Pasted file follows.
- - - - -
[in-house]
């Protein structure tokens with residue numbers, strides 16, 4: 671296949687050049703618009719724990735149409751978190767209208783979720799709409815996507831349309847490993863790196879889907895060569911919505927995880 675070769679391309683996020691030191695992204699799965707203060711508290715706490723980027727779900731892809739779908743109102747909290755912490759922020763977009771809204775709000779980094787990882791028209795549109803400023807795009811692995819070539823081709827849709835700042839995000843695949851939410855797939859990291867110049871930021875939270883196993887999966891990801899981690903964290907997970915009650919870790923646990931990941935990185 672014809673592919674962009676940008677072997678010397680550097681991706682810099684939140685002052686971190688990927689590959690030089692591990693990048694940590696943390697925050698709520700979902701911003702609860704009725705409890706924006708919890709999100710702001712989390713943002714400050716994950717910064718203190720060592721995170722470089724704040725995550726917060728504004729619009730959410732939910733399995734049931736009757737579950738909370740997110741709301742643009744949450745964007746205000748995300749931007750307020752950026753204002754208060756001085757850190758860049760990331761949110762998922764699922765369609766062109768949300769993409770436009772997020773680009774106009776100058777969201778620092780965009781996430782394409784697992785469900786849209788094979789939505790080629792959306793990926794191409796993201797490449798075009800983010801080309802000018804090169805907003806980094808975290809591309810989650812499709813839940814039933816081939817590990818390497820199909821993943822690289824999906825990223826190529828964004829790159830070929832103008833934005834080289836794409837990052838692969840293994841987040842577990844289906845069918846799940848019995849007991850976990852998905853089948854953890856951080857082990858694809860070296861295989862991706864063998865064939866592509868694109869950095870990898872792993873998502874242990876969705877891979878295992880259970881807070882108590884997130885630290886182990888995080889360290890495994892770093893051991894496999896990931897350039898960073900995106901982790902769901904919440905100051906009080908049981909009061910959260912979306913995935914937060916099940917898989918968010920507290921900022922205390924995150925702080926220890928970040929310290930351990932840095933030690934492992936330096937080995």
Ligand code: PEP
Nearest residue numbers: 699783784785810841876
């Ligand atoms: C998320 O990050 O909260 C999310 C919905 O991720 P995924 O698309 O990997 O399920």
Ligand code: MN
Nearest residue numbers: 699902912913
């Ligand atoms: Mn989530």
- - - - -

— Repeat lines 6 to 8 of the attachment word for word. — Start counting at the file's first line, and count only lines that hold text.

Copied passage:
Ligand code: MN
Nearest residue numbers: 699902912913
């Ligand atoms: Mn989530």